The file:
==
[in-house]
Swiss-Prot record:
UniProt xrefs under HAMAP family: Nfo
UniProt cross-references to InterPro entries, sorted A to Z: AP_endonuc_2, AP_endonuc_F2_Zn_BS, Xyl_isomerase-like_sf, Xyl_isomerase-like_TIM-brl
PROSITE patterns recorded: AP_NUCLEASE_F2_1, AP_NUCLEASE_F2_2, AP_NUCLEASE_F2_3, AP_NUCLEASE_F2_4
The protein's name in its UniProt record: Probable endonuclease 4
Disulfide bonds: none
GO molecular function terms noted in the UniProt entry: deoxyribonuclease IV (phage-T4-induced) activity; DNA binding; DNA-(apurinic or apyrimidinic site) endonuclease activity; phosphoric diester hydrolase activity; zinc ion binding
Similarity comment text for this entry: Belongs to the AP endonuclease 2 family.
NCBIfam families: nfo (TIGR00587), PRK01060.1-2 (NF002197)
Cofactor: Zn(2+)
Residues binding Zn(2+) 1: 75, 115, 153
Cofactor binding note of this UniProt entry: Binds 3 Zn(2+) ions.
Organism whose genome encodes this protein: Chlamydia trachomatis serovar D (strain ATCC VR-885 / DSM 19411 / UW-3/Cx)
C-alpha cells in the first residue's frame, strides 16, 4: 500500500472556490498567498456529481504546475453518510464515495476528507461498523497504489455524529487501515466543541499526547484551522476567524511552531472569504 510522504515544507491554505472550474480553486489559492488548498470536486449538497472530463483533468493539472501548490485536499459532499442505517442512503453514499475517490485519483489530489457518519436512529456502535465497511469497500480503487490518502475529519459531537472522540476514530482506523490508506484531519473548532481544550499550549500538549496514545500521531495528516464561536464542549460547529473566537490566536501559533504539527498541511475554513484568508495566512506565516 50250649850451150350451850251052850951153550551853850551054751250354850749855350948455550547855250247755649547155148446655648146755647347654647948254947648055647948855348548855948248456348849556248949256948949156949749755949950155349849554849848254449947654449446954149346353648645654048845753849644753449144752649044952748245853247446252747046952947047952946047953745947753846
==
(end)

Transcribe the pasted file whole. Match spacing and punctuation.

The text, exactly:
[in-house]
Swiss-Prot record:
UniProt xrefs under HAMAP family: Nfo
UniProt cross-references to InterPro entries, sorted A to Z: AP_endonuc_2, AP_endonuc_F2_Zn_BS, Xyl_isomerase-like_sf, Xyl_isomerase-like_TIM-brl
PROSITE patterns recorded: AP_NUCLEASE_F2_1, AP_NUCLEASE_F2_2, AP_NUCLEASE_F2_3, AP_NUCLEASE_F2_4
The protein's name in its UniProt record: Probable endonuclease 4
Disulfide bonds: none
GO molecular function terms noted in the UniProt entry: deoxyribonuclease IV (phage-T4-induced) activity; DNA binding; DNA-(apurinic or apyrimidinic site) endonuclease activity; phosphoric diester hydrolase activity; zinc ion binding
Similarity comment text for this entry: Belongs to the AP endonuclease 2 family.
NCBIfam families: nfo (TIGR00587), PRK01060.1-2 (NF002197)
Cofactor: Zn(2+)
Residues binding Zn(2+) 1: 75, 115, 153
Cofactor binding note of this UniProt entry: Binds 3 Zn(2+) ions.
Organism whose genome encodes this protein: Chlamydia trachomatis serovar D (strain ATCC VR-885 / DSM 19411 / UW-3/Cx)
C-alpha cells in the first residue's frame, strides 16, 4: 500500500472556490498567498456529481504546475453518510464515495476528507461498523497504489455524529487501515466543541499526547484551522476567524511552531472569504 510522504515544507491554505472550474480553486489559492488548498470536486449538497472530463483533468493539472501548490485536499459532499442505517442512503453514499475517490485519483489530489457518519436512529456502535465497511469497500480503487490518502475529519459531537472522540476514530482506523490508506484531519473548532481544550499550549500538549496514545500521531495528516464561536464542549460547529473566537490566536501559533504539527498541511475554513484568508495566512506565516 50250649850451150350451850251052850951153550551853850551054751250354850749855350948455550547855250247755649547155148446655648146755647347654647948254947648055647948855348548855948248456348849556248949256948949156949749755949950155349849554849848254449947654449446954149346353648645654048845753849644753449144752649044952748245853247446252747046952947047952946047953745947753846